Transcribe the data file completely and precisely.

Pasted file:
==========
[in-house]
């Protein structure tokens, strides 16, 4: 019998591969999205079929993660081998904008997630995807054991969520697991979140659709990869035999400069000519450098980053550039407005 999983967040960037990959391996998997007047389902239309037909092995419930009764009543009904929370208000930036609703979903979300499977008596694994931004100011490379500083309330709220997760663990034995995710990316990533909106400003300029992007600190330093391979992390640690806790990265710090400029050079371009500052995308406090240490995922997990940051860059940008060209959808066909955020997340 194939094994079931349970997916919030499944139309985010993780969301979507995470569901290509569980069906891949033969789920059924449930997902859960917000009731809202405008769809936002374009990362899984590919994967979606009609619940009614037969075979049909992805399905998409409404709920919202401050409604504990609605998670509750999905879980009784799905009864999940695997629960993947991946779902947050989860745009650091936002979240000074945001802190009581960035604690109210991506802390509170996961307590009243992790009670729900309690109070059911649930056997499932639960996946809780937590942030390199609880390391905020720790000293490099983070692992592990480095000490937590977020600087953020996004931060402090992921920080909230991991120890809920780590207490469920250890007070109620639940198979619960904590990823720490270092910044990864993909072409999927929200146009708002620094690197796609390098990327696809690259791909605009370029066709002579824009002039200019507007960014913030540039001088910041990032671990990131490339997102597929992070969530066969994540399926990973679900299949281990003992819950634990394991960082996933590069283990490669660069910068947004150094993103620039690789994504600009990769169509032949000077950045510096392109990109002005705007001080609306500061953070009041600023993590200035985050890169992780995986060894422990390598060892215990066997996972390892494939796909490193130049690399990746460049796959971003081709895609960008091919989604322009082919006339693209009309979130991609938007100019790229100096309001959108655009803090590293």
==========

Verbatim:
[in-house]
């Protein structure tokens, strides 16, 4: 019998591969999205079929993660081998904008997630995807054991969520697991979140659709990869035999400069000519450098980053550039407005 999983967040960037990959391996998997007047389902239309037909092995419930009764009543009904929370208000930036609703979903979300499977008596694994931004100011490379500083309330709220997760663990034995995710990316990533909106400003300029992007600190330093391979992390640690806790990265710090400029050079371009500052995308406090240490995922997990940051860059940008060209959808066909955020997340 194939094994079931349970997916919030499944139309985010993780969301979507995470569901290509569980069906891949033969789920059924449930997902859960917000009731809202405008769809936002374009990362899984590919994967979606009609619940009614037969075979049909992805399905998409409404709920919202401050409604504990609605998670509750999905879980009784799905009864999940695997629960993947991946779902947050989860745009650091936002979240000074945001802190009581960035604690109210991506802390509170996961307590009243992790009670729900309690109070059911649930056997499932639960996946809780937590942030390199609880390391905020720790000293490099983070692992592990480095000490937590977020600087953020996004931060402090992921920080909230991991120890809920780590207490469920250890007070109620639940198979619960904590990823720490270092910044990864993909072409999927929200146009708002620094690197796609390098990327696809690259791909605009370029066709002579824009002039200019507007960014913030540039001088910041990032671990990131490339997102597929992070969530066969994540399926990973679900299949281990003992819950634990394991960082996933590069283990490669660069910068947004150094993103620039690789994504600009990769169509032949000077950045510096392109990109002005705007001080609306500061953070009041600023993590200035985050890169992780995986060894422990390598060892215990066997996972390892494939796909490193130049690399990746460049796959971003081709895609960008091919989604322009082919006339693209009309979130991609938007100019790229100096309001959108655009803090590293």